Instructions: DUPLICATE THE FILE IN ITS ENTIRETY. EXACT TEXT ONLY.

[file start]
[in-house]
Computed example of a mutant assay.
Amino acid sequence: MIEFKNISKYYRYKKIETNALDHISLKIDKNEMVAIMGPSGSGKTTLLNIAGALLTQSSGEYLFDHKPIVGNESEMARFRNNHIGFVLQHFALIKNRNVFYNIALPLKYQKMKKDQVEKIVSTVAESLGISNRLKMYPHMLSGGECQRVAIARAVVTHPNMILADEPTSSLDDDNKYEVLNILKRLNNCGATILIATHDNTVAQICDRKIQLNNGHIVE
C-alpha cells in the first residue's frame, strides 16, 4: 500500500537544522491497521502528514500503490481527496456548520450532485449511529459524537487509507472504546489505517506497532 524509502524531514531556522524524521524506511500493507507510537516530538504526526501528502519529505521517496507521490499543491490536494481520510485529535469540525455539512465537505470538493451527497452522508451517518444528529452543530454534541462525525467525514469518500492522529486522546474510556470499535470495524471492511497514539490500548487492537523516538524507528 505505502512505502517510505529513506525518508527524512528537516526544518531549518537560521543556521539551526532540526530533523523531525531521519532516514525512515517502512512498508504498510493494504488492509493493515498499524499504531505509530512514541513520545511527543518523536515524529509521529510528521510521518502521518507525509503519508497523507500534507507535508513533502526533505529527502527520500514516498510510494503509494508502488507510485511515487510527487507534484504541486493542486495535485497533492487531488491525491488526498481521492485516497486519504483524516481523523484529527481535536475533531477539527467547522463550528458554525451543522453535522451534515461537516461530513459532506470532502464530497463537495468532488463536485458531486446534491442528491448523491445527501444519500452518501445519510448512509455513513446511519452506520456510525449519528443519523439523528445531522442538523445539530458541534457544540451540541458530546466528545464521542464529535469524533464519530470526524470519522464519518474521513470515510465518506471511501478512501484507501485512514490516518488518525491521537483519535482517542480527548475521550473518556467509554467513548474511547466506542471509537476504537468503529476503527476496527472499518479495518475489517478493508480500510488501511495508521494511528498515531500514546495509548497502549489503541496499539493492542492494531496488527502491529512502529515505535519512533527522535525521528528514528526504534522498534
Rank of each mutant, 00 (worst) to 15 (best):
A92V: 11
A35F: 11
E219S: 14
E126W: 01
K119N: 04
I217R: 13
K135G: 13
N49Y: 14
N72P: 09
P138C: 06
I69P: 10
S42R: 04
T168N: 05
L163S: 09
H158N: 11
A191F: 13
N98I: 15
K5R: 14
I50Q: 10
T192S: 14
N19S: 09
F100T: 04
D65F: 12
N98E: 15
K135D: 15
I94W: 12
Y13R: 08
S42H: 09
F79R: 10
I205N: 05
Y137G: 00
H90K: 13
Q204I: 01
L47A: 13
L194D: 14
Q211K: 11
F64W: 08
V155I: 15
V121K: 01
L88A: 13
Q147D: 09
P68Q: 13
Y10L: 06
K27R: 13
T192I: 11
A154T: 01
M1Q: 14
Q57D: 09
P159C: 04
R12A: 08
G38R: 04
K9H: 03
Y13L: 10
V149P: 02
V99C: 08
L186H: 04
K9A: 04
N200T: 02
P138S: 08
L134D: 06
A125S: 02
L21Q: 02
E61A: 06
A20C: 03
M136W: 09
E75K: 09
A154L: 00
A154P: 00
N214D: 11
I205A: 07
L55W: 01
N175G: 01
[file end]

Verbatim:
[in-house]
Computed example of a mutant assay.
Amino acid sequence: MIEFKNISKYYRYKKIETNALDHISLKIDKNEMVAIMGPSGSGKTTLLNIAGALLTQSSGEYLFDHKPIVGNESEMARFRNNHIGFVLQHFALIKNRNVFYNIALPLKYQKMKKDQVEKIVSTVAESLGISNRLKMYPHMLSGGECQRVAIARAVVTHPNMILADEPTSSLDDDNKYEVLNILKRLNNCGATILIATHDNTVAQICDRKIQLNNGHIVE
C-alpha cells in the first residue's frame, strides 16, 4: 500500500537544522491497521502528514500503490481527496456548520450532485449511529459524537487509507472504546489505517506497532 524509502524531514531556522524524521524506511500493507507510537516530538504526526501528502519529505521517496507521490499543491490536494481520510485529535469540525455539512465537505470538493451527497452522508451517518444528529452543530454534541462525525467525514469518500492522529486522546474510556470499535470495524471492511497514539490500548487492537523516538524507528 505505502512505502517510505529513506525518508527524512528537516526544518531549518537560521543556521539551526532540526530533523523531525531521519532516514525512515517502512512498508504498510493494504488492509493493515498499524499504531505509530512514541513520545511527543518523536515524529509521529510528521510521518502521518507525509503519508497523507500534507507535508513533502526533505529527502527520500514516498510510494503509494508502488507510485511515487510527487507534484504541486493542486495535485497533492487531488491525491488526498481521492485516497486519504483524516481523523484529527481535536475533531477539527467547522463550528458554525451543522453535522451534515461537516461530513459532506470532502464530497463537495468532488463536485458531486446534491442528491448523491445527501444519500452518501445519510448512509455513513446511519452506520456510525449519528443519523439523528445531522442538523445539530458541534457544540451540541458530546466528545464521542464529535469524533464519530470526524470519522464519518474521513470515510465518506471511501478512501484507501485512514490516518488518525491521537483519535482517542480527548475521550473518556467509554467513548474511547466506542471509537476504537468503529476503527476496527472499518479495518475489517478493508480500510488501511495508521494511528498515531500514546495509548497502549489503541496499539493492542492494531496488527502491529512502529515505535519512533527522535525521528528514528526504534522498534
Rank of each mutant, 00 (worst) to 15 (best):
A92V: 11
A35F: 11
E219S: 14
E126W: 01
K119N: 04
I217R: 13
K135G: 13
N49Y: 14
N72P: 09
P138C: 06
I69P: 10
S42R: 04
T168N: 05
L163S: 09
H158N: 11
A191F: 13
N98I: 15
K5R: 14
I50Q: 10
T192S: 14
N19S: 09
F100T: 04
D65F: 12
N98E: 15
K135D: 15
I94W: 12
Y13R: 08
S42H: 09
F79R: 10
I205N: 05
Y137G: 00
H90K: 13
Q204I: 01
L47A: 13
L194D: 14
Q211K: 11
F64W: 08
V155I: 15
V121K: 01
L88A: 13
Q147D: 09
P68Q: 13
Y10L: 06
K27R: 13
T192I: 11
A154T: 01
M1Q: 14
Q57D: 09
P159C: 04
R12A: 08
G38R: 04
K9H: 03
Y13L: 10
V149P: 02
V99C: 08
L186H: 04
K9A: 04
N200T: 02
P138S: 08
L134D: 06
A125S: 02
L21Q: 02
E61A: 06
A20C: 03
M136W: 09
E75K: 09
A154L: 00
A154P: 00
N214D: 11
I205A: 07
L55W: 01
N175G: 01